Kendall Jones, a 19-year-old Texan, is sparking outrage for posting photos of herself smiling with dead animals — most of them endangered species — she gunned down while hunting big game in Africa.

The Texas Tech University cheerleader says she has been hunting animals in Africa since she was 13 years old. On her page, Kendall Takes Wild, Jones regularly posts photos of herself smiling next to dead animals she hunted, including a lion, rhinoceros, antelope, leopard, elephant, zebra and hippopotamus.

Jones claims she is “doing my part in conservation to make a difference” and hopes to host her own television show about hunting.

In just over a week, nearly 50,000 people signed a petition on calling for Jones’ page to be removed from Facebook. The petition reads:

“For the sake of all animals, especially the animals in the African region … where hunters are going for gun just to kill an animal! Some people have been reporting the pages lately but it seems Facebook is not concerned about what Kendall Jones is promoting in her page.”

Another petition on has garnered more than 5,000 signatures to ban Jones from hunting in African countries. She’s also received loads of criticism online, like a comment from Facebook user Wendy Sutton:

“I'm an educated, professional environmentalist and do my best to save and protect some of the few remaining endangered species remaining on this planet. It does not matter that it is legal. You are contributing to the extinction of beautiful animals. Your ignorance for the sake of pleasure is mortifying to myself. If you're going to kill for fun - focus on pest species or just do not post it online.”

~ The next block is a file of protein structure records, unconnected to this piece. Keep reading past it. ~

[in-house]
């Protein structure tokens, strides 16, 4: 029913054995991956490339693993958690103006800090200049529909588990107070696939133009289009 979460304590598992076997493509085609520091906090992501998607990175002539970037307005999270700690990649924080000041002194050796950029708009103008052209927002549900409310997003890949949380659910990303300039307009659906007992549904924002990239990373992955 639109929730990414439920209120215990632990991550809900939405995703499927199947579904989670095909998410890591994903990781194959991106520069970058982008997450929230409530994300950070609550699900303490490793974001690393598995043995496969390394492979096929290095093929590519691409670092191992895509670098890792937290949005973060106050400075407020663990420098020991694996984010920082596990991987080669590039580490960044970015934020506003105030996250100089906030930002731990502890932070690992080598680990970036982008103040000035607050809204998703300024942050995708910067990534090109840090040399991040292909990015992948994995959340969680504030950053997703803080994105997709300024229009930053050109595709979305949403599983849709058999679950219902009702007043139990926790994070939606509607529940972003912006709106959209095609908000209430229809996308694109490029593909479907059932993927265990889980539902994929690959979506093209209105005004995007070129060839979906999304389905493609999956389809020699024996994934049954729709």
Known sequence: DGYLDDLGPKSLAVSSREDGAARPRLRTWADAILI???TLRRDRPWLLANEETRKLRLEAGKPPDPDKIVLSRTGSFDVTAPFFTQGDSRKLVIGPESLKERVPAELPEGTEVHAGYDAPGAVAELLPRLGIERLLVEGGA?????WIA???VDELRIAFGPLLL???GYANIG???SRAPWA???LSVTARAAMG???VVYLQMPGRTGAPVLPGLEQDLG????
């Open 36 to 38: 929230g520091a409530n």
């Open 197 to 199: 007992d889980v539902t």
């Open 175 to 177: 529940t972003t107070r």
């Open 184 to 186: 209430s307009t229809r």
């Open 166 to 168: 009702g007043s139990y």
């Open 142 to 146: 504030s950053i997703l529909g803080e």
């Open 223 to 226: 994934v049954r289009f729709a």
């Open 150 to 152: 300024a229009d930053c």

Jones, however, does not believe she is doing any harm but rather being helpful. The Cleburne, Texas, resident says she is a conservationist and hunting animals helps their survival as a species.

"Hunters are the biggest conservationists there are," she said. "We want animal populations to grow and thrive!"

She also says she hunts as a “fair chase” where animal populations need to be controlled.

“Controlling the male lion population is important within large fenced areas like these,” Jones said in one post. “Funds from a hunt like this goes partially to the government for permits but also to the farm owner as an incentive to keep and raise lions on their property.”

Jones also seems immune to the many negative comments she’s drawn, saying: “All the anti-hunters posting negative comments and sharing my photos on their page has helped me get over 600 likes in the past 48 hours.”

Jones posted on Facebook in January that she signed a development deal for her own series on the Sportsman Channel.

According to The New York Daily News, Jones’ family raises exotic animals and she became interested in hunting in 2004 at 9 years old when she went with her dad to Zimbabwe.

"As badly as I wanted to shoot something, I was just too small to hold the guns my dad had brought," she wrote in her Facebook bio.

In her page’s biography, Jones goes on to explain her progress in hunting over the years, starting off at age 13 when she traveled to South Africa to hunt what is known as “The Big Five:” African lion, African elephant, Cape buffalo, African leopard and African rhino.

It is unclear whether Facebook will reprimand or remove Jones from its social network. According to the Blaze, Facebook does not have specific guidelines for hunting photos but the company allows photos of “hunting as it occurs in nature.”